Brianne Kothari

Brianne Kothari, assistant professor at OSU-Cascades and lead author of the child welfare caseworker retention study.

Former child welfare caseworker Danielle Grimes is well-versed in the profession’s challenges and heartbreak.

“Having to take custody of children who aren’t safe — that is the most stressful event that a protective services worker can go through emotionally, physically and mentally,” said Grimes, who now serves as the Community Development Coordinator for the Oregon Department of Human Services.

“You’re asked to do so many things all at once. Filing paperwork with the courts while also notifying a parent that that’s occurring, and that’s often the worst day of a parent’s life,” she continued. “It’s very hard to be the catalyst in that, even if it’s 100% the right thing to do for that child’s safety.”

She remembers how her supervisor supported her when she started as a caseworker in Deschutes County. She encouraged Grimes, then a new mom, “to take care of myself and my family because you can’t pour from an empty cup,” she said.

Between 30% and 40% of caseworkers leave the profession, and the average tenure for caseworkers is less than two years, according to the National Association of Social Workers. That supervisor’s support helped Grimes from burning out and seeking a new career.

Grimes’ experience is an example of an approach that can lead to caseworker retention, according to a recent Oregon State University-Cascades study, where researchers examined factors that keep child welfare caseworkers from jumping ship.

“We know from a lot of research that it’s important to have a strong and dedicated child welfare workforce,” said Brianne Kothari, an assistant professor at OSU-Cascades and lead author of the study. “What we also know is that turnover and burnout are really high among these workers. Instead of focusing on workers that leave and trying to understand workers who leave, in this study, we really tried to focus on understanding child welfare workers who are satisfied and intend to stay.”

According to Kothari, agencies that equipped and supported supervisors, celebrated worker successes and provided up-to-date technology saw more satisfied caseworkers and less turnover.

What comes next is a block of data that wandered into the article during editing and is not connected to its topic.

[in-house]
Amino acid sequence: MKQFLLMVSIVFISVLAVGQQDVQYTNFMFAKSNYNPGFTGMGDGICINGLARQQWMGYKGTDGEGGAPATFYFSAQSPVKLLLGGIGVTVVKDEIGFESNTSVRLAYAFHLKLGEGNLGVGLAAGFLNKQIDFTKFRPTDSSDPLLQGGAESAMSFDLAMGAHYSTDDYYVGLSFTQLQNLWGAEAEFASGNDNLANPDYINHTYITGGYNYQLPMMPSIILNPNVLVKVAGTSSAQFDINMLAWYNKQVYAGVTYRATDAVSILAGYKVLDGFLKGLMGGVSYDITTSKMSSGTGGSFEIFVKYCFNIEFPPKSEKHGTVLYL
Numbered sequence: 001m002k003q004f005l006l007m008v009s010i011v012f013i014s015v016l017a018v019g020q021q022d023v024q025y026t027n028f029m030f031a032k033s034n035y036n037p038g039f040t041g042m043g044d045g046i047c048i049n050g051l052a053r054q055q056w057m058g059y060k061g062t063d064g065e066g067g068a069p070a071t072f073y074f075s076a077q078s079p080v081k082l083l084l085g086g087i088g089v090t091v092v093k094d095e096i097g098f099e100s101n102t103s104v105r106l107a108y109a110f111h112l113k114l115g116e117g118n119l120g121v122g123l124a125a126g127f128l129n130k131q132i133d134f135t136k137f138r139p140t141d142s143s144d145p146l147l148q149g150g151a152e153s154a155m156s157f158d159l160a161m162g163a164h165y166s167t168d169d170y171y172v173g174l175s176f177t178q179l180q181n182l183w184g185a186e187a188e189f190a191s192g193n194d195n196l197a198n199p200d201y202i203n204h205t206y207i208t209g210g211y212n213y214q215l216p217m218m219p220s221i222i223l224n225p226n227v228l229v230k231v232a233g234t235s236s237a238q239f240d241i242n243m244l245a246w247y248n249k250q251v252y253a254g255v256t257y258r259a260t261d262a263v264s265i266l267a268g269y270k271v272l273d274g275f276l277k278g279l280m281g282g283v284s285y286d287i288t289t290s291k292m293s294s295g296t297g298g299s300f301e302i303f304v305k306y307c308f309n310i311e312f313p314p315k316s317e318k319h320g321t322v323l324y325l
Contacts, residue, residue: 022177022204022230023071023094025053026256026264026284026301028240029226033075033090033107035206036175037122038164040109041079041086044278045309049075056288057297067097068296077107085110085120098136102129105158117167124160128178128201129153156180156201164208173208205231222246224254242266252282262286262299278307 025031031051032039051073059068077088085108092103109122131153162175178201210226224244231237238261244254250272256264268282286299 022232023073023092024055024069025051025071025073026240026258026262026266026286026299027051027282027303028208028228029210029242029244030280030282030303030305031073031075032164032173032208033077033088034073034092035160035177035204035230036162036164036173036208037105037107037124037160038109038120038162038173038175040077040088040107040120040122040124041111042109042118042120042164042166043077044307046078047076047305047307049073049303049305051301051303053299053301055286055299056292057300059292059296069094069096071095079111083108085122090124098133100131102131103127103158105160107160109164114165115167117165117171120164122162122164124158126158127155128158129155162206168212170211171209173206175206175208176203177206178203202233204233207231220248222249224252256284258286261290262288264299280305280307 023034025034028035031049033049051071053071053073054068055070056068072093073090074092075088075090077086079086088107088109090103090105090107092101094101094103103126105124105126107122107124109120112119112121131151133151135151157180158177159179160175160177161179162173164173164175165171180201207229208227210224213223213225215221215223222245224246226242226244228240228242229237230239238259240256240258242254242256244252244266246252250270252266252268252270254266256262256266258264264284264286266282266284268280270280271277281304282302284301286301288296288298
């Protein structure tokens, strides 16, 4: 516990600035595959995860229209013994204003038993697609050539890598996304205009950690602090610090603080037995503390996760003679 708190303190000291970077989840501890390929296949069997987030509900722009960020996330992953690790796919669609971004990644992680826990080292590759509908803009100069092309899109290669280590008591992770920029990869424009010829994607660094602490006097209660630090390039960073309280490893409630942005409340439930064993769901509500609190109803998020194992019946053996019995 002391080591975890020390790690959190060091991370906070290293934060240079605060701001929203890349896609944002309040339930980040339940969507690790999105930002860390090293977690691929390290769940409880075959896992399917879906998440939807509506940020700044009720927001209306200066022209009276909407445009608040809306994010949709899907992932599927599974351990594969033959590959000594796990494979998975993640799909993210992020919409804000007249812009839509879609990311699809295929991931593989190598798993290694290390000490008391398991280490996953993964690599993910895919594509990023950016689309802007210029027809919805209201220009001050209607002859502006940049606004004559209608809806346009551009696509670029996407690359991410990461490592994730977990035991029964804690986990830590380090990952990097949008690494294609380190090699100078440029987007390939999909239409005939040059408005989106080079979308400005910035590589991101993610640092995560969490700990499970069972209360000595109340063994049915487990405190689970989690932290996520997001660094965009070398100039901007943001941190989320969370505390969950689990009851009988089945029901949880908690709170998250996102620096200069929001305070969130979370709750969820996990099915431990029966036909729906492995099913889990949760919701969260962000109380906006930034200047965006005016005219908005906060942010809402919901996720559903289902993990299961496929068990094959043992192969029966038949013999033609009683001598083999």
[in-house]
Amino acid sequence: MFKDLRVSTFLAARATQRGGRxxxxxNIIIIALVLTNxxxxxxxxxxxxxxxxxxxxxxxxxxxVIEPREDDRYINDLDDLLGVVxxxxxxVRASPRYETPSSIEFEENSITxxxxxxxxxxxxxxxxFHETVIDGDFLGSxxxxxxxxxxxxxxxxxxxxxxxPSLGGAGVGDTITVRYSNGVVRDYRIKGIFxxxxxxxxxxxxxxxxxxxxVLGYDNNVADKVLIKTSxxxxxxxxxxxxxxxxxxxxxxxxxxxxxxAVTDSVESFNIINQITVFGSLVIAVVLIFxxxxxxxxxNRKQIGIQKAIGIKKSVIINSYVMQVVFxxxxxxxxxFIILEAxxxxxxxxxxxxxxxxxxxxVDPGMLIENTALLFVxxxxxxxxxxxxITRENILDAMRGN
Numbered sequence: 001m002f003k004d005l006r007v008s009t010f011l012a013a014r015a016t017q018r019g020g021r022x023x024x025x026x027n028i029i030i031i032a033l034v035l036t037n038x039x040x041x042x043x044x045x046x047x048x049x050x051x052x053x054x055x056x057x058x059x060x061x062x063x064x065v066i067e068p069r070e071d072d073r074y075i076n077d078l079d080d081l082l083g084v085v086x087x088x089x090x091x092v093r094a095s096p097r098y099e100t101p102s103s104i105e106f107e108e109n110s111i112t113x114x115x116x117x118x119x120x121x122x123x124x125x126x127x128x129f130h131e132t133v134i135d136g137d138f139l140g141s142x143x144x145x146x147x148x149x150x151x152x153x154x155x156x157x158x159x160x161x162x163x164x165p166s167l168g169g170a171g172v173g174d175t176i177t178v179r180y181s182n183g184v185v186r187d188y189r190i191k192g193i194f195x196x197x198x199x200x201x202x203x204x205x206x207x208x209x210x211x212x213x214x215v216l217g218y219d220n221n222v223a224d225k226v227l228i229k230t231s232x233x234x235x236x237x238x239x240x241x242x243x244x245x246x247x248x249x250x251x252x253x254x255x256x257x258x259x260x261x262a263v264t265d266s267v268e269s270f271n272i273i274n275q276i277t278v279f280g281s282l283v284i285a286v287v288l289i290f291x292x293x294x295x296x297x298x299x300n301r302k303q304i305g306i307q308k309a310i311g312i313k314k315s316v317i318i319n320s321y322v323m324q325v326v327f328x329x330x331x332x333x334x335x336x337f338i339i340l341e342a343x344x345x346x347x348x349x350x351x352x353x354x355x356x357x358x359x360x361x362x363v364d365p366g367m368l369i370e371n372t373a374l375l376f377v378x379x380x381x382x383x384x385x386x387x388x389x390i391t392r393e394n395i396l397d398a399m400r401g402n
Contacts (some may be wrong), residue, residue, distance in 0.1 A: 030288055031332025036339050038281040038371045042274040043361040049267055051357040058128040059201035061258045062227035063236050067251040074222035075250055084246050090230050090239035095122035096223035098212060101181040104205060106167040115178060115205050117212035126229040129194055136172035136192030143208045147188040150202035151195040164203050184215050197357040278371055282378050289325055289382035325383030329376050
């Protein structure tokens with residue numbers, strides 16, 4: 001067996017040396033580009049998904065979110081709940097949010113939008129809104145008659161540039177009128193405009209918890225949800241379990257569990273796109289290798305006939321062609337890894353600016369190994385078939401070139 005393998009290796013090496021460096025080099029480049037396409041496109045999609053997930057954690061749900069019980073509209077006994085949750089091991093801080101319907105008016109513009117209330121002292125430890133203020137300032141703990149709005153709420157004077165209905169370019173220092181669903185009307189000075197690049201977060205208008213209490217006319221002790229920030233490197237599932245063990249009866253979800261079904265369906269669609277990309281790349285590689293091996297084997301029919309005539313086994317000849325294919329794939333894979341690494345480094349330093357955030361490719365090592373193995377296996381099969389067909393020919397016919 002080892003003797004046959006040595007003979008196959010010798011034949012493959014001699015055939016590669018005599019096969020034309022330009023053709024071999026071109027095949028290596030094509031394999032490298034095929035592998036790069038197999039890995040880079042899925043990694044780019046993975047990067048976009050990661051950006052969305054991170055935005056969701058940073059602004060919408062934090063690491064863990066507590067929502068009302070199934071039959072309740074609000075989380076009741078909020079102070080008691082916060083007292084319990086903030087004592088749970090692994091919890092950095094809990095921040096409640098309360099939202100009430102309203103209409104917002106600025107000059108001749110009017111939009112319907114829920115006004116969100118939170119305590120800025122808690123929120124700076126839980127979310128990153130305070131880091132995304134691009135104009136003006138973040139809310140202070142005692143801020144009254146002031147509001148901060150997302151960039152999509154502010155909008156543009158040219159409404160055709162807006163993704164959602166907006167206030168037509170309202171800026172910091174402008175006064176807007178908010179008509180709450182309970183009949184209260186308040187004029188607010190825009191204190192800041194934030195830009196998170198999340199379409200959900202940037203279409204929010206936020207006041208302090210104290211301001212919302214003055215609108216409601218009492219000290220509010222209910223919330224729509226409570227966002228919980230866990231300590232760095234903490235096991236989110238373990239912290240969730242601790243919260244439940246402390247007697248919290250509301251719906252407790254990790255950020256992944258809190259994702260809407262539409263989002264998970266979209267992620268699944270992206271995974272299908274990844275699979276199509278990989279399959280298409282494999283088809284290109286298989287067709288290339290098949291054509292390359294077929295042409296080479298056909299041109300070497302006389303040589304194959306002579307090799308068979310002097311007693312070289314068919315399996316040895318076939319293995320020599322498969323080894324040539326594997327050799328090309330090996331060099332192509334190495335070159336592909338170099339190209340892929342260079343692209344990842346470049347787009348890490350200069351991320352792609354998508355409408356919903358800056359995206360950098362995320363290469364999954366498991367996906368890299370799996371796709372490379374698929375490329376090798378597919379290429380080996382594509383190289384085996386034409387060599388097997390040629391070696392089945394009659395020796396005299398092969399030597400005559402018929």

In practice, it looks like supervisors setting clear goals and expectations, giving clear feedback on job performance and providing positive recognition for a job well done, co-workers providing emotional support for their colleagues, and agencies making sure that caseworkers have proper technology that allows them to do their jobs efficiently, Kothari said.

Researchers hope child welfare agencies will be able to use the study’s findings to support caseworkers and reduce high turnover rates and burnout in the field because less turnover means better support for children and families.

“Caseworkers have very challenging jobs, but some are satisfied with the work despite its challenges, and they intend to stay,” said co-author Kelly Chandler, an assistant professor in OSU’s College of Public Health and Human Sciences. “If we want to improve continuity in terms of service to children and families in the community, it’s important to not only minimize the job challenges that are inevitable but also think about which employees are really thriving, and what we can learn from them.”

The study was conducted via a confidential online survey that was sent out to all social service specialist caseworkers in Oregon Department of Human Services in 2018, and is part of a larger collaboration between OSU and Oregon Department of Human Services, which seeks to use data to improve child welfare and other community services statewide, Kothari said.

Additional work

Kothari and Grimes are also part of multiple workgroups that are collecting and evaluating data to help improve Oregon Department of Human Services care in Central Oregon. The workgroups include collaborations between the nonprofit Every Child Central Oregon, TRACES Central Oregon and Westside Church.

“I’m engaged in a lot of these statewide efforts and projects with researchers at the statewide level, but also engaged with these community partners locally, to try and figure out how to make positive change here in this region,” Kothari said.

“Most of the workgroups in Deschutes County I’m a part of are focused on how we support the system and how we cultivate the system, because I think a lot of the issues surrounding employee longevity, happiness and retention directly correlate back to us needing more supportive community services for the families that we are entrusted with meeting with,” Grimes said.

“As child welfare workers, we are constantly talking about better ways we can all collaborate as a community,” Grimes said.

The Central Oregon workgroups are receiving attention from statewide organizations for their innovative approach to finding solutions to challenges child welfare workers face, Kothari said.

“There’s a growing list of collaborators involved in the workgroups that are really dedicated to determining ways to make a difference in children’s and families’ lives here in this region,” Kothari said.

“It’s really hard work,” Grimes said, “but it’s such important work.”

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